The U.S. General Services Administration and the U.S. Department of Education teamed up to share lessons learned through the creation of the Technology Business Management (TBM) Playbook. The playbook, which supports progress towards the TBM Cross-Agency Priority Goal was built to assist federal agencies as they start TBM implementation. While each agency will tailor its TBM plan to their organization’s current state and desired outcomes, this is a great starting point based on real life experience from some of the Federal Government’s early adopters. Each play includes a plan of action or strategy used to move toward a goal or objective. The 7 plays in this book will improve your chances of beginning a successful TBM implementation. They include:
- Identify key players and stakeholders: An effective TBM program consists of business stakeholders, financial analysts, and IT and acquisition professionals. Together, this team drives change through collection, analysis, reporting, and informed review of IT data.
- Determine current state: To understand what the TBM journey will look like for your agency, it’s necessary to understand current data collection and aggregation methods, financial systems, business processes, and models your agency already has to support TBM. No matter your current state, TBM can bring value.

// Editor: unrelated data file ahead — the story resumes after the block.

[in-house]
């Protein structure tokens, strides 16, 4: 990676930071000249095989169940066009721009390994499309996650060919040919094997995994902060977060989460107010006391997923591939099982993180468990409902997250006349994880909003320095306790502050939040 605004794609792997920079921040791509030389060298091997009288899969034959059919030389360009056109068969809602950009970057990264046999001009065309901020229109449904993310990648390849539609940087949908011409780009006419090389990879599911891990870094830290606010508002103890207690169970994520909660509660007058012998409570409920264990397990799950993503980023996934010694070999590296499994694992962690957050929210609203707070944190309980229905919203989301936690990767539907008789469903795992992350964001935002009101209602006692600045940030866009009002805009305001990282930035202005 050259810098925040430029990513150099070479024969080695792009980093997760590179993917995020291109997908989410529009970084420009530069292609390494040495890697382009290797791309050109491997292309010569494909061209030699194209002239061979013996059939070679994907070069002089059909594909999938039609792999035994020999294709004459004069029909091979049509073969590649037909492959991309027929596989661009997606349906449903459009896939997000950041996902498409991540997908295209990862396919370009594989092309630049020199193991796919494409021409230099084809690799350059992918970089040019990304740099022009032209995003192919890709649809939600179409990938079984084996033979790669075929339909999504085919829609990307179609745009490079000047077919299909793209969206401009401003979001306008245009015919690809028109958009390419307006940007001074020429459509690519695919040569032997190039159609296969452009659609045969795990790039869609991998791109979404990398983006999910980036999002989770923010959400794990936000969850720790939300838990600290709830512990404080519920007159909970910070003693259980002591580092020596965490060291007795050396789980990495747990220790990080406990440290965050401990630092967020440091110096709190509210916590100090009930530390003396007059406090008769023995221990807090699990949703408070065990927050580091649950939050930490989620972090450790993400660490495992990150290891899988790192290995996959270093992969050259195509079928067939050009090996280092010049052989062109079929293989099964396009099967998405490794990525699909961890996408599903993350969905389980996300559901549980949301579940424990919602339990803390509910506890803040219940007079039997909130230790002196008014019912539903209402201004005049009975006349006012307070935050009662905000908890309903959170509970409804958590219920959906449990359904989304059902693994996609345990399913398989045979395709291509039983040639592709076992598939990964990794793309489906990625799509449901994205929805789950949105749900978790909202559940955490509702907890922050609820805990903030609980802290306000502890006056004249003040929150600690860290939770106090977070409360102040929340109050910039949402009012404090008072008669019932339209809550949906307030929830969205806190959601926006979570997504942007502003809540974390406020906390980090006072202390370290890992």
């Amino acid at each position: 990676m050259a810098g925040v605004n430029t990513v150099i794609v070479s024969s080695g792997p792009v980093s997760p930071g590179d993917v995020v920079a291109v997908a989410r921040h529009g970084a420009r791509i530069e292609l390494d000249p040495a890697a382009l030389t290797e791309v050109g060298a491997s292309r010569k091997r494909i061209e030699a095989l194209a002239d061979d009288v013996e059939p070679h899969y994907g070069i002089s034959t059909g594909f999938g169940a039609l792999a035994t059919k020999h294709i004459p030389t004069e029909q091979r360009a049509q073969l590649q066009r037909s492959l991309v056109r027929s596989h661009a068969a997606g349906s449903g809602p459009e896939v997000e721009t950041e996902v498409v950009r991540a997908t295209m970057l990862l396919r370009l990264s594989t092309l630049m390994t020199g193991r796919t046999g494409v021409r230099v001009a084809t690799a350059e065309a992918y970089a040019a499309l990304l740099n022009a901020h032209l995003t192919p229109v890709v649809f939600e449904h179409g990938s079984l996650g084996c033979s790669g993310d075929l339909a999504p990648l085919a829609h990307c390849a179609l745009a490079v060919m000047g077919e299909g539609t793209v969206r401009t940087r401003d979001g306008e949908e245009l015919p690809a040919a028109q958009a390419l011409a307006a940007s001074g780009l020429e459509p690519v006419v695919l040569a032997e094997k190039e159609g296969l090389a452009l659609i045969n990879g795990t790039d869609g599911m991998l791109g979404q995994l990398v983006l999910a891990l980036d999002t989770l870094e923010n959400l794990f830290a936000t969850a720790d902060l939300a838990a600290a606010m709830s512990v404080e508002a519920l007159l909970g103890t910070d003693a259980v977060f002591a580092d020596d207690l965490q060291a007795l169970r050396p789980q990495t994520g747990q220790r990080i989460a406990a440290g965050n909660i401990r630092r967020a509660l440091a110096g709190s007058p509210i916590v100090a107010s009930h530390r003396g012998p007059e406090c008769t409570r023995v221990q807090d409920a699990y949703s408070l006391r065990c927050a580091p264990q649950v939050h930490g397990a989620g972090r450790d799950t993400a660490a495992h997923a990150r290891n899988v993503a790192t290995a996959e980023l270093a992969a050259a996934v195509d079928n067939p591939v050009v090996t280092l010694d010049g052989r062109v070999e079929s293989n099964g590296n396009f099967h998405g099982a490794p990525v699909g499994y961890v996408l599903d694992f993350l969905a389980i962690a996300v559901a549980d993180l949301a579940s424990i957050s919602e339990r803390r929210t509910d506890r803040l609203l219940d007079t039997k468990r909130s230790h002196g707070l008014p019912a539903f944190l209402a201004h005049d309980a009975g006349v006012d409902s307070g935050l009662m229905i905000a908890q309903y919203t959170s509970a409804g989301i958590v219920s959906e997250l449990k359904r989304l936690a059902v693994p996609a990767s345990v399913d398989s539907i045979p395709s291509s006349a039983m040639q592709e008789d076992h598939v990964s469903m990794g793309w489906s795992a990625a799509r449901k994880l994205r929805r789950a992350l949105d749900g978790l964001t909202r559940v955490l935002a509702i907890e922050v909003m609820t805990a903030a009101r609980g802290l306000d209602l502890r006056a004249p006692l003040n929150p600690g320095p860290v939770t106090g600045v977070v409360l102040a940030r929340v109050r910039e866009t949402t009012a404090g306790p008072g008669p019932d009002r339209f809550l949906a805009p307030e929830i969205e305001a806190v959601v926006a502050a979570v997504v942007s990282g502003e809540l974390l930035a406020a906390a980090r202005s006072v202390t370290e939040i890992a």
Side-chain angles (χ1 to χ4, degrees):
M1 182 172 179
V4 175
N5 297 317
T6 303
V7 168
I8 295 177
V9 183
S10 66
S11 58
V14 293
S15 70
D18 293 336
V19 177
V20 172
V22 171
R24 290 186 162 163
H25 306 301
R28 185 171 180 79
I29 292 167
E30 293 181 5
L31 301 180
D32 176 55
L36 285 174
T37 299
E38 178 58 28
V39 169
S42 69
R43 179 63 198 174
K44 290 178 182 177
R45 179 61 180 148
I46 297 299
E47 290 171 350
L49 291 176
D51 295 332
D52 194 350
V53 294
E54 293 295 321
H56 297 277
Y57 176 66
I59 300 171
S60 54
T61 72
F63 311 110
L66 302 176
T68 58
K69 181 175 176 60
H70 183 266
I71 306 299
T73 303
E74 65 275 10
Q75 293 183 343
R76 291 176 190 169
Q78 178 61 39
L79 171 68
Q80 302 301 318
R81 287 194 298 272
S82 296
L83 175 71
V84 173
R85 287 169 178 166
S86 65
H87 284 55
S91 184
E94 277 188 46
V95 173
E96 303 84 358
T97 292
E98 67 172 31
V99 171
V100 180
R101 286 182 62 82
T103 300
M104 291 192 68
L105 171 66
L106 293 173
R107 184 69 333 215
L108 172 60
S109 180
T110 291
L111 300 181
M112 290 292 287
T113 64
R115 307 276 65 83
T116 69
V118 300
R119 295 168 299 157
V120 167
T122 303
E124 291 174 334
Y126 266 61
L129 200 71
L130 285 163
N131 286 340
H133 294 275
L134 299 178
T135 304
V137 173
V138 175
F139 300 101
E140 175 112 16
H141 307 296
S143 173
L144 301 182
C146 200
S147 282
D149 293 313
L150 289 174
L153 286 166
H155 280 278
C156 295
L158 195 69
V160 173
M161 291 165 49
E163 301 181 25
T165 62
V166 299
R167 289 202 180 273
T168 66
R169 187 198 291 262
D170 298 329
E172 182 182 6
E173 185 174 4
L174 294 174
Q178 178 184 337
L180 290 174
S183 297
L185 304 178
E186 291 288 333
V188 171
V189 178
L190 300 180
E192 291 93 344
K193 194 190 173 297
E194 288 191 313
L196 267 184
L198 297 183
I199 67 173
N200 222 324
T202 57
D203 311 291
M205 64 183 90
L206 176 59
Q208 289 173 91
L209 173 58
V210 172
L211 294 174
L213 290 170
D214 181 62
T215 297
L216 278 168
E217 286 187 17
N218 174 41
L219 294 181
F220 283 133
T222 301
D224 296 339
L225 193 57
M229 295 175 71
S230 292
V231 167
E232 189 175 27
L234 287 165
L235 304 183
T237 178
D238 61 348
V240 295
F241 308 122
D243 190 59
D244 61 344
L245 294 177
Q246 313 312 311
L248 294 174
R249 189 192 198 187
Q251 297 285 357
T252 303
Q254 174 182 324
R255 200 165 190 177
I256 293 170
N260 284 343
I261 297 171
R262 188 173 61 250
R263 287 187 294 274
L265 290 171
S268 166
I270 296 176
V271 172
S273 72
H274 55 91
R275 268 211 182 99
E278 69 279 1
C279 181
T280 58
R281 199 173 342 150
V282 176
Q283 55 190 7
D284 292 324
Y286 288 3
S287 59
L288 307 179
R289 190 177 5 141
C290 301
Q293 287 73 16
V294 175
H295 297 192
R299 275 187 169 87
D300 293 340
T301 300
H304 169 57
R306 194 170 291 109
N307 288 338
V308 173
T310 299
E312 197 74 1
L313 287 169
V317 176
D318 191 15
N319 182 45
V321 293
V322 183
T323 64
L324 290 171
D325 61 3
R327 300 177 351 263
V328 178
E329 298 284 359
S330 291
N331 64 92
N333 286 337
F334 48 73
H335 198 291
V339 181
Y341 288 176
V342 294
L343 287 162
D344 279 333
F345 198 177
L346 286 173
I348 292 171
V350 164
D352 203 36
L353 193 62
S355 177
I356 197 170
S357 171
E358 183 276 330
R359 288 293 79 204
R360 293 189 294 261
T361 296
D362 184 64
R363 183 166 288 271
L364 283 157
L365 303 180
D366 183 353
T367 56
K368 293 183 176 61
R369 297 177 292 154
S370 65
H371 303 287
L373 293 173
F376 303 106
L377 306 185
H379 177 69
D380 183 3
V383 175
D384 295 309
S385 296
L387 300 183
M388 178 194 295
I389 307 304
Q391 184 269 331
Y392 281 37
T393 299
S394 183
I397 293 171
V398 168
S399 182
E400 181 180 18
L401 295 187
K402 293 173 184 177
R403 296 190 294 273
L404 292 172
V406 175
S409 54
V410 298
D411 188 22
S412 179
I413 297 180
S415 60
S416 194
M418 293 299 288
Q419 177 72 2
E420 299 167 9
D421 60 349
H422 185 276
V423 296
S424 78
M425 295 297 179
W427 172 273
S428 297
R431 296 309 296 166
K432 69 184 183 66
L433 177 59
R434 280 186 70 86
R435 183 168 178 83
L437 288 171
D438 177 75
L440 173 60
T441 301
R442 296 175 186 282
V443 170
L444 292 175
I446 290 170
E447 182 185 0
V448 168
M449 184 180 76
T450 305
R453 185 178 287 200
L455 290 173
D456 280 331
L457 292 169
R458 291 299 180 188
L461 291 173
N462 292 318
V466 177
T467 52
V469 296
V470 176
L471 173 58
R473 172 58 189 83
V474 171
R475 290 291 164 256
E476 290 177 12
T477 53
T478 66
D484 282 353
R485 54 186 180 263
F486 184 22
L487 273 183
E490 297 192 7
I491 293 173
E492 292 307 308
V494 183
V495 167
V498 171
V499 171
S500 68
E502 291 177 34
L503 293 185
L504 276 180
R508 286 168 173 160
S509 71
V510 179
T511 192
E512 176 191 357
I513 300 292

- Identify measurable desired outcome: Identify how your agency can deliver the right IT services for the best possible price as you work with stakeholders to identify priority areas to focus your TBM efforts.
- Start aligning data: Based on your agency’s current state and desired near term outcomes, it’s time to start working with financial data. Starting from the bottom up is recommended - aligning financial data to cost pools before moving to tower and service mapping.
- Look for insights" Now that you have started mapping your data, where does that data lead you? Focus on examining the data to see how it provides insights into issues or benefits around the identified outcomes.
- Rollout and adoption: Now that you have completed the first iteration of your TBM implementation, start integrating TBM principles, data, and value discussions into meetings and funding reviews.
- Keep maturing the TBM implementation: Assess your maturity and identify opportunities to maximize your TBM implementation.